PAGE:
The Four Pawns Attack is a variation of the King's Indian Defence and begins with the moves:1.d4 Nf6
White creates a large pawn-center and prepares a future breakthrough with e5. After pieces are developed Black tries to weaken the white pawn formation by pawn advances e7-e5, c7-c5 or b7-b5.
Modern line of play is: 5.f4 O-O 6.Nf3 Na6!? followed by a pawn sacrifice with 7...e5 which will create favorable tactical possibilities for Black. (see diagramm below)
The main line is:
5.f4 O-O 6.Nf3 c5 7.d5 Black can now sacrifice a pawn by 7...b5 in exchange for active counterplay (see diagramm below)
or can play the usual 7...e6 followed by 8...exd 9.cxd exchangeing pawns to open the e-file.
After that there is the 9...b5 Variation (see diagramm below).
the 9...Re8 Variation (see diagramm below).
and the 9...Bg4 Variation (see diagramm below).
If you have White you should know all those variations especially the 6...Na6 Variation which is very tricky. You can replay those variations below. They are stored in the same order as shown above.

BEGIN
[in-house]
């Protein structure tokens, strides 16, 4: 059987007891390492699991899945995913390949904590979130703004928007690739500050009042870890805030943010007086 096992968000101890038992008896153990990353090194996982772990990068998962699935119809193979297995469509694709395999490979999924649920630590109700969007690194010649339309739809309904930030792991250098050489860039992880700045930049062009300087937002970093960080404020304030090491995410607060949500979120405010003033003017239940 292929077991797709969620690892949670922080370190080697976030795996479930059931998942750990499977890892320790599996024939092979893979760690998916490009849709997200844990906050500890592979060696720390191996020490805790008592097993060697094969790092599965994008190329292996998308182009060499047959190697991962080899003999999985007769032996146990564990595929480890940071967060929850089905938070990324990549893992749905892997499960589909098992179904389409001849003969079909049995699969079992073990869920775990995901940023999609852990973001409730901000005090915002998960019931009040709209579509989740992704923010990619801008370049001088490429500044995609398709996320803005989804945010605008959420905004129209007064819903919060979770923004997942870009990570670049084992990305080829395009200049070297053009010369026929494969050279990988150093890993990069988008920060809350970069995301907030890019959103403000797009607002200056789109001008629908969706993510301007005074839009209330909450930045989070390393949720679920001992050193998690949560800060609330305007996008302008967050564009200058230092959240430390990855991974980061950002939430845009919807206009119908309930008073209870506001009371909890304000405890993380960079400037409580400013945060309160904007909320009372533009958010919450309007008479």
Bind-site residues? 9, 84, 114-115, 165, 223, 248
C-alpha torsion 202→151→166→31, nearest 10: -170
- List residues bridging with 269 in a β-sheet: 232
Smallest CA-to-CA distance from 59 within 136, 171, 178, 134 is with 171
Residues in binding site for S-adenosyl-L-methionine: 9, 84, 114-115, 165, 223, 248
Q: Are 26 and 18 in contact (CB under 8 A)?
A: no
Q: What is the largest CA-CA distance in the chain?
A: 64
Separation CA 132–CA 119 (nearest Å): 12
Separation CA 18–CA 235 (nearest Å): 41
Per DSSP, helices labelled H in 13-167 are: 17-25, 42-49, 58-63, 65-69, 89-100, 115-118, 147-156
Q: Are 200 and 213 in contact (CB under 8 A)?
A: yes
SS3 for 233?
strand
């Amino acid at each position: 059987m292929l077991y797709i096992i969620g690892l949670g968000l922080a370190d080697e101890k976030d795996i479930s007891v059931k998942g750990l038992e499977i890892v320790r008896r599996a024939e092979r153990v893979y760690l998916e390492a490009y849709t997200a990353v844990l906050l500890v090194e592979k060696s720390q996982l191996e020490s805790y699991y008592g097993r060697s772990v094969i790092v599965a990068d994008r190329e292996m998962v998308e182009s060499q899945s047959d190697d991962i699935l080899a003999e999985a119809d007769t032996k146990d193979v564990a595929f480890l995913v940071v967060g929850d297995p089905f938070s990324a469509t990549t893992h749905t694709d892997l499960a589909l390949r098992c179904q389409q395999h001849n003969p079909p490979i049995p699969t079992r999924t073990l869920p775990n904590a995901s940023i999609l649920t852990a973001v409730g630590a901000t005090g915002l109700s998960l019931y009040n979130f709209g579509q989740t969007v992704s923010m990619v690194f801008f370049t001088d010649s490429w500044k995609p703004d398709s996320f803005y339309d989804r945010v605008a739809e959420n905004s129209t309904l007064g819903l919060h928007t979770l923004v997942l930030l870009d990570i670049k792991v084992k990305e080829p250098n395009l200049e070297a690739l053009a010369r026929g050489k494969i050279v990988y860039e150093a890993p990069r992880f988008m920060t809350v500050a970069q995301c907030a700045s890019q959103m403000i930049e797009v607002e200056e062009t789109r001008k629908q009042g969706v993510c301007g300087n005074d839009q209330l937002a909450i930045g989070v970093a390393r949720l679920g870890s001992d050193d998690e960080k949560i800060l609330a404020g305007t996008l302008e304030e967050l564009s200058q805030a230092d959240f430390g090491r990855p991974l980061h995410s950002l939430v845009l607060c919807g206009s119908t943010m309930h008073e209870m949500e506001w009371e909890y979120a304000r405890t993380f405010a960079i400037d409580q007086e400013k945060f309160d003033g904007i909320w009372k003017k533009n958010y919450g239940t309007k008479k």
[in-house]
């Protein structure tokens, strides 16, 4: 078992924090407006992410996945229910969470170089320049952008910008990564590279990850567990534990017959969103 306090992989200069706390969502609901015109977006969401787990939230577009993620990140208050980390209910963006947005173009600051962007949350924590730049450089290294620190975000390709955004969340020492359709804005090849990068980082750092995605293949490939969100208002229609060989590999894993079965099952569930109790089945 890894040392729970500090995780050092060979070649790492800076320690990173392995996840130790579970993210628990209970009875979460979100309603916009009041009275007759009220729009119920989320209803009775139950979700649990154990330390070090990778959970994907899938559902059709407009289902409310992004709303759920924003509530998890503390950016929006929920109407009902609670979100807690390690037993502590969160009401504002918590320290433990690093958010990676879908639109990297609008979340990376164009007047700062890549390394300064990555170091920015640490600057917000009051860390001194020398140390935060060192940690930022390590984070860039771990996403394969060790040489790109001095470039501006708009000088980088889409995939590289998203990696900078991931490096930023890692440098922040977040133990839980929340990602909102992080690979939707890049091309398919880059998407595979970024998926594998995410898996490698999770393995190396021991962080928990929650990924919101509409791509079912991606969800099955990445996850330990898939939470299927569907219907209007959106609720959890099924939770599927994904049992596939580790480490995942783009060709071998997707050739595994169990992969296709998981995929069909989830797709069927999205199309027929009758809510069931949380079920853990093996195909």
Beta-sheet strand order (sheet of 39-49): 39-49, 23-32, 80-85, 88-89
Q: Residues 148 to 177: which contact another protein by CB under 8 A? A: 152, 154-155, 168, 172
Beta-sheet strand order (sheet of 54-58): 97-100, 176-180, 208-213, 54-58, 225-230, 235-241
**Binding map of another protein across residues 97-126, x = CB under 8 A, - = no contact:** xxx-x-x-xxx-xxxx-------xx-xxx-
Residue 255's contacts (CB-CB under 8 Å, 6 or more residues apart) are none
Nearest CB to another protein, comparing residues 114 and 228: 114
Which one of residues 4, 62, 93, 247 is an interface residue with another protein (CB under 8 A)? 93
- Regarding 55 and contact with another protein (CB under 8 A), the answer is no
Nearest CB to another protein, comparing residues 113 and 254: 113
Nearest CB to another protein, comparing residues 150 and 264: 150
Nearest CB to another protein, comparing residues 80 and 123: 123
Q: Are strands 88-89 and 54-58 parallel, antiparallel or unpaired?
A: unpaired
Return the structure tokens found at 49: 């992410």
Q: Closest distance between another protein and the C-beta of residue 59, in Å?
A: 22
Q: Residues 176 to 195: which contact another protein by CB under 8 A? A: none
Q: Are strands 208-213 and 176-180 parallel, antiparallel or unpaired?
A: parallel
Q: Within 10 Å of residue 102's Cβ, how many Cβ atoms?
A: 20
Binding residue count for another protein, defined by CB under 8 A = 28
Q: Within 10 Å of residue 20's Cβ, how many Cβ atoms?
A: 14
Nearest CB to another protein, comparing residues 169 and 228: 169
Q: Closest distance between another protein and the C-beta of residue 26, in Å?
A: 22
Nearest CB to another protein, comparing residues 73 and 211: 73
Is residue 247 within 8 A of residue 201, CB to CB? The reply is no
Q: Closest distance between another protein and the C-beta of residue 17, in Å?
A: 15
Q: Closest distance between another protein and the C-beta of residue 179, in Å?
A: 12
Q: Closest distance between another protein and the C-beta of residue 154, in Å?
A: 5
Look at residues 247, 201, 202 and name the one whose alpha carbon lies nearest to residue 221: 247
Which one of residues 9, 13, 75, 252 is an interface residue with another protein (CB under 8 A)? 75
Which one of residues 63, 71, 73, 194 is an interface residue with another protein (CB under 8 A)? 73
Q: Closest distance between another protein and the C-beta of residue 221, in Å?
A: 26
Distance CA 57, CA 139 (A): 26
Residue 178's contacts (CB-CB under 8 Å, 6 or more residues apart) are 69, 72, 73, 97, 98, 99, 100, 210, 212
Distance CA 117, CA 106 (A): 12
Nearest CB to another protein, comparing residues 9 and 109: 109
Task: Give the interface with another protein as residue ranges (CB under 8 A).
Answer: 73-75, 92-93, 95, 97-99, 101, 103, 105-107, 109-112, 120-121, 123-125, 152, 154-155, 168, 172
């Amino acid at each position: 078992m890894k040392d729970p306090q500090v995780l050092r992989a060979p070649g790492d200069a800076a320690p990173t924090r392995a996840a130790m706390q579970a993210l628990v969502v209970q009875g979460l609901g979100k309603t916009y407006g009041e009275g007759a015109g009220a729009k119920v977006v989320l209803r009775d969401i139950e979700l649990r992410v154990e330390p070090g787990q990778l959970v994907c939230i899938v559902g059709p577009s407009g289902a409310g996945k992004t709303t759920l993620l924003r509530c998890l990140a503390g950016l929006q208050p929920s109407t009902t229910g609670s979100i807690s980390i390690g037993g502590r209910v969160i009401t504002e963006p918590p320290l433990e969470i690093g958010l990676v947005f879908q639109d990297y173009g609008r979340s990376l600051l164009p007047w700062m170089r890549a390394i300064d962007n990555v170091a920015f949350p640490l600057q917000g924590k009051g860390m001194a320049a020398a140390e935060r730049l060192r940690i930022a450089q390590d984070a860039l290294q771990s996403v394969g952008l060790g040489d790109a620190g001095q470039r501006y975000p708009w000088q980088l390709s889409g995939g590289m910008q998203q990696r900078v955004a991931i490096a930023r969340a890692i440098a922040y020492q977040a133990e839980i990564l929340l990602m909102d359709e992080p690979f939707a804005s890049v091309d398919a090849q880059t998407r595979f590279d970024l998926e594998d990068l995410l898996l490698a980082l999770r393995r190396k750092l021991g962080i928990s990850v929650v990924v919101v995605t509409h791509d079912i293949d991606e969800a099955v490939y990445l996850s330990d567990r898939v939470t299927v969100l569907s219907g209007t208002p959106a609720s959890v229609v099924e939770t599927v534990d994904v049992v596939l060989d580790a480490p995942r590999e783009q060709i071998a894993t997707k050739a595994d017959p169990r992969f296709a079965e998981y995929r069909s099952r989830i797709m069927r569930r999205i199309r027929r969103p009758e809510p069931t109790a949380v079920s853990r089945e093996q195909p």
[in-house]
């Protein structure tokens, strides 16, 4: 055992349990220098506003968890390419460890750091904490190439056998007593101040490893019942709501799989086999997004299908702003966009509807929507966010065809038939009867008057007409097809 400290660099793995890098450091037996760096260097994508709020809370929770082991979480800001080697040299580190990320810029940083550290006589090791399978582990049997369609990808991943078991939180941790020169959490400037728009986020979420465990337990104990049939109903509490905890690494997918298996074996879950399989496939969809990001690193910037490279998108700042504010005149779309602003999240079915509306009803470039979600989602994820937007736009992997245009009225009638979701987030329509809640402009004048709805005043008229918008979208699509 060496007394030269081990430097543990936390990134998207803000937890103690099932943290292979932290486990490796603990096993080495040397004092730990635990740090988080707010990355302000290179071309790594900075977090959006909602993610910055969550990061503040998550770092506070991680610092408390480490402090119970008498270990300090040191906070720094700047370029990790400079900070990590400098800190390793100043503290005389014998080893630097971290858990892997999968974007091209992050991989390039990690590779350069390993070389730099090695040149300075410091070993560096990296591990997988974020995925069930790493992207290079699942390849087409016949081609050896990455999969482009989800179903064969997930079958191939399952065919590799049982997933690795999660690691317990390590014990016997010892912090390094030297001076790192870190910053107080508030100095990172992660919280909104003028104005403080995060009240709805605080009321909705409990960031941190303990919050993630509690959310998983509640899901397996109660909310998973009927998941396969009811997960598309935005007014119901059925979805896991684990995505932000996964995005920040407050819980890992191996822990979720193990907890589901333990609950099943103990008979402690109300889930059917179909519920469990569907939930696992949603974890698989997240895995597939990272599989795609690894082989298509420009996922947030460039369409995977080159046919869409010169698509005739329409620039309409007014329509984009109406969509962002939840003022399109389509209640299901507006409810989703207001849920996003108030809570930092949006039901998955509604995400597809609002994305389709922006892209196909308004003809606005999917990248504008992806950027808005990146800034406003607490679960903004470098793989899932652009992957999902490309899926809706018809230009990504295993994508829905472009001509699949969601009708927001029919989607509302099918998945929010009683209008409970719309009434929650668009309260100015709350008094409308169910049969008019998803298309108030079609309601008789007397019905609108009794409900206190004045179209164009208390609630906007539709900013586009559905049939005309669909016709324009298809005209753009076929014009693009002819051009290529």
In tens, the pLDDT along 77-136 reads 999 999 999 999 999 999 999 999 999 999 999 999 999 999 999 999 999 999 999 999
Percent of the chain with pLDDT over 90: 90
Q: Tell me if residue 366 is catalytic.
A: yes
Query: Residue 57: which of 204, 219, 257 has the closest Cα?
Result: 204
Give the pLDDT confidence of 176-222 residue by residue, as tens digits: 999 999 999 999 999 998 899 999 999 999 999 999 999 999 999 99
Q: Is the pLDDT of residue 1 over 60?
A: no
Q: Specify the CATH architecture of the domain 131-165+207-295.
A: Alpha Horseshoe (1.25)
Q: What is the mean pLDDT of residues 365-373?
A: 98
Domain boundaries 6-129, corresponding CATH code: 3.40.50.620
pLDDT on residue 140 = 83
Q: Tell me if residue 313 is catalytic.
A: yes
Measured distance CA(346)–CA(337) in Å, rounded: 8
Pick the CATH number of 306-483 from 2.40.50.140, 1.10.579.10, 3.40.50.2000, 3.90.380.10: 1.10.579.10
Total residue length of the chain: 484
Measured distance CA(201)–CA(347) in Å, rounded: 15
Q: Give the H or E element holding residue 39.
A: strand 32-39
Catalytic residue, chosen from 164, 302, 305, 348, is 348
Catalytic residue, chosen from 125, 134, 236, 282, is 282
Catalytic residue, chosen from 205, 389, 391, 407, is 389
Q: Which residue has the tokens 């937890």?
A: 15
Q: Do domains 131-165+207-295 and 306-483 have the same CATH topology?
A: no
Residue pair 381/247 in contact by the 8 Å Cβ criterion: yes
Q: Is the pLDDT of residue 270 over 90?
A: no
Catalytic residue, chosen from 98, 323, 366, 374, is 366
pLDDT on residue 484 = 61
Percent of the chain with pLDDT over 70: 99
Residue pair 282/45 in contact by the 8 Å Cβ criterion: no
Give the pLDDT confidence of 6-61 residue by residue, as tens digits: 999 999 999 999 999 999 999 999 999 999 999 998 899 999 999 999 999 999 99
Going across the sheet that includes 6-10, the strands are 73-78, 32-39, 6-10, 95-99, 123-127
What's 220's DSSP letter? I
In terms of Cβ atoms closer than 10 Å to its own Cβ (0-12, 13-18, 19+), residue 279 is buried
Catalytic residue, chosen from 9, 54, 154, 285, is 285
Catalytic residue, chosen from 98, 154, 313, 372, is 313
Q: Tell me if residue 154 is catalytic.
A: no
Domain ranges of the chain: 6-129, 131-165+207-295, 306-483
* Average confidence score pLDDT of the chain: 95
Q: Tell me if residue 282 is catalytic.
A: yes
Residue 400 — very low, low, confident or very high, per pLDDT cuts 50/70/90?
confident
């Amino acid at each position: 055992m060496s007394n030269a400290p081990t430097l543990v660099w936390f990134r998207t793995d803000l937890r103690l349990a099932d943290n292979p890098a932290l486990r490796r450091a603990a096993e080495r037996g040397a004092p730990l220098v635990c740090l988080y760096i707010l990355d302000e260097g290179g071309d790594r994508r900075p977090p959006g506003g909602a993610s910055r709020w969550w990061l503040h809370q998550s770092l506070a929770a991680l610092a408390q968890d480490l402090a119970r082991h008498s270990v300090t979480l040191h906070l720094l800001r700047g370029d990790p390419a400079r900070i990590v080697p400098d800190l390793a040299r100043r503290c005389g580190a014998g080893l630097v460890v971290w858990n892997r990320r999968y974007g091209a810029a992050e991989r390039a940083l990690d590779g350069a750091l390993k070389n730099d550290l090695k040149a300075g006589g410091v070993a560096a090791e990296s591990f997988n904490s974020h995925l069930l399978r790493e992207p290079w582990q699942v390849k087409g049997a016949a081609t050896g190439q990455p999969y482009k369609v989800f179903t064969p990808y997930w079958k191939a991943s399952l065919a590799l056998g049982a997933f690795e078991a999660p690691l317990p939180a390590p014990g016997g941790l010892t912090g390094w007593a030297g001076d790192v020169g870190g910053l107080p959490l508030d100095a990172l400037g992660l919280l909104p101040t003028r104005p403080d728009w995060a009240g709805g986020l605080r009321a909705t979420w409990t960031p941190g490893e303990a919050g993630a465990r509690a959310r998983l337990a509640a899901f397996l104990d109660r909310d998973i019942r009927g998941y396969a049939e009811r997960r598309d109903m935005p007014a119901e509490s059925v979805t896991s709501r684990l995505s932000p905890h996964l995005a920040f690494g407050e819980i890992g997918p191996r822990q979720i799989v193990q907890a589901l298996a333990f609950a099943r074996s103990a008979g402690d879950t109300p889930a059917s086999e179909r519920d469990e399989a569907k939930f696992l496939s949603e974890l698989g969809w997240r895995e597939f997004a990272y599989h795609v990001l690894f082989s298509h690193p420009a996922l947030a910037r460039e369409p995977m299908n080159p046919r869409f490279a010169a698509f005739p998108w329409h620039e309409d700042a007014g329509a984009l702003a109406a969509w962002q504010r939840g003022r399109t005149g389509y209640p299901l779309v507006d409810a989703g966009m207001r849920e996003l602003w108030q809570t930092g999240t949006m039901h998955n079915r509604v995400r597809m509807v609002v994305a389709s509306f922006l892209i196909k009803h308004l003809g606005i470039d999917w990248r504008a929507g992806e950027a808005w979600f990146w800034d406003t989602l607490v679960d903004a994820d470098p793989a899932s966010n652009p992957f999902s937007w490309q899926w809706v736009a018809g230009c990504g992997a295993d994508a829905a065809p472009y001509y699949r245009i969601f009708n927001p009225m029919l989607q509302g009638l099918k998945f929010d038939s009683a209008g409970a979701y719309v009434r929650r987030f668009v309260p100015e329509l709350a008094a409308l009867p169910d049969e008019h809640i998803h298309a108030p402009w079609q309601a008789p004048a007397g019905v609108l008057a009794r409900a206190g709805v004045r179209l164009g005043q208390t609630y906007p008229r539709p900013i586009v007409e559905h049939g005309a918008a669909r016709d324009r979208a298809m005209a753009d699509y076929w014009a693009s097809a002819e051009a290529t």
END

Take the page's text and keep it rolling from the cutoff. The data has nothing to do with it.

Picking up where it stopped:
I believe that Black should not play the 9...b5 Variation and avoid the 9...Re8-Variation as White scores very well here. I have played those variations myself many times as White and I think that White got higher winning chances here. This assumption is confirmed by my database as well.
If you have Black then I recommend the 9...Bg4 Variation. In my opinion White can achieve nothing here as the knight on f3 will be exchanged and this stops White to make the e5 break. If Black plays the c-pawn to c4 and plays his knight to the outpost c5 then White will have a hard time not to lose.
Replay the variations below and form your opinion. First there are two testgames which are completely different. After that the order is game number: 3 > 6...Na6 games (modern line), 66 > 7...b5 games, 113 > 9...b5 games (after exchanging pawns), 131 > 9...Re8 games and 166 > 9...Bg4 games.